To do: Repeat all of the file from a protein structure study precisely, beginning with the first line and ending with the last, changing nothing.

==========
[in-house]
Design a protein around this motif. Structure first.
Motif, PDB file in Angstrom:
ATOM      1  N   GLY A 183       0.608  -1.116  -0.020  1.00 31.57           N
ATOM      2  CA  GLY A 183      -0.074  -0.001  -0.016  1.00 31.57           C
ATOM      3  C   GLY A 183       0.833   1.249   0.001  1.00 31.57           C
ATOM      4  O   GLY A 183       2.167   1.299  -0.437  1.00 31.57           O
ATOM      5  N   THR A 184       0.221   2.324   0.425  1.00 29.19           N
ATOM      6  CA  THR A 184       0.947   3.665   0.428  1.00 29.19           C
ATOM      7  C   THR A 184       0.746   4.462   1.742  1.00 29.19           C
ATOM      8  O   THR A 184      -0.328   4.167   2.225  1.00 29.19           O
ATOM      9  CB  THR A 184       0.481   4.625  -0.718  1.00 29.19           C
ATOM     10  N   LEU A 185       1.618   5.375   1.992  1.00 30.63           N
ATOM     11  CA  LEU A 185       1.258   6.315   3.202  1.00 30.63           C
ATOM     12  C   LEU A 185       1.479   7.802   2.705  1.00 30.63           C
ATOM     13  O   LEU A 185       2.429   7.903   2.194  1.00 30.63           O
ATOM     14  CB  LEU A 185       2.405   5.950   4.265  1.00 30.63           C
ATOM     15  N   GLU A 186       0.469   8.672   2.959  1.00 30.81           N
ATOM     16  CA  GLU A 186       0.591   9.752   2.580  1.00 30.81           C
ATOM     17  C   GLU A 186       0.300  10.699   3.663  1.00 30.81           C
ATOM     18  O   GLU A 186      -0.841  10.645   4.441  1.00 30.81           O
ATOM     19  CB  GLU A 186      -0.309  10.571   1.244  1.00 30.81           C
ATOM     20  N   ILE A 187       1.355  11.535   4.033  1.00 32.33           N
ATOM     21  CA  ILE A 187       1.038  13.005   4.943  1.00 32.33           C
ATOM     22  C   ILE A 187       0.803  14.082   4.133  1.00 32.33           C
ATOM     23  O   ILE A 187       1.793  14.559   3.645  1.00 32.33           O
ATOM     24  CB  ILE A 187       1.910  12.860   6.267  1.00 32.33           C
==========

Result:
[in-house]
Design a protein around this motif. Structure first.
Motif, PDB file in Angstrom:
ATOM      1  N   GLY A 183       0.608  -1.116  -0.020  1.00 31.57           N
ATOM      2  CA  GLY A 183      -0.074  -0.001  -0.016  1.00 31.57           C
ATOM      3  C   GLY A 183       0.833   1.249   0.001  1.00 31.57           C
ATOM      4  O   GLY A 183       2.167   1.299  -0.437  1.00 31.57           O
ATOM      5  N   THR A 184       0.221   2.324   0.425  1.00 29.19           N
ATOM      6  CA  THR A 184       0.947   3.665   0.428  1.00 29.19           C
ATOM      7  C   THR A 184       0.746   4.462   1.742  1.00 29.19           C
ATOM      8  O   THR A 184      -0.328   4.167   2.225  1.00 29.19           O
ATOM      9  CB  THR A 184       0.481   4.625  -0.718  1.00 29.19           C
ATOM     10  N   LEU A 185       1.618   5.375   1.992  1.00 30.63           N
ATOM     11  CA  LEU A 185       1.258   6.315   3.202  1.00 30.63           C
ATOM     12  C   LEU A 185       1.479   7.802   2.705  1.00 30.63           C
ATOM     13  O   LEU A 185       2.429   7.903   2.194  1.00 30.63           O
ATOM     14  CB  LEU A 185       2.405   5.950   4.265  1.00 30.63           C
ATOM     15  N   GLU A 186       0.469   8.672   2.959  1.00 30.81           N
ATOM     16  CA  GLU A 186       0.591   9.752   2.580  1.00 30.81           C
ATOM     17  C   GLU A 186       0.300  10.699   3.663  1.00 30.81           C
ATOM     18  O   GLU A 186      -0.841  10.645   4.441  1.00 30.81           O
ATOM     19  CB  GLU A 186      -0.309  10.571   1.244  1.00 30.81           C
ATOM     20  N   ILE A 187       1.355  11.535   4.033  1.00 32.33           N
ATOM     21  CA  ILE A 187       1.038  13.005   4.943  1.00 32.33           C
ATOM     22  C   ILE A 187       0.803  14.082   4.133  1.00 32.33           C
ATOM     23  O   ILE A 187       1.793  14.559   3.645  1.00 32.33           O
ATOM     24  CB  ILE A 187       1.910  12.860   6.267  1.00 32.33           C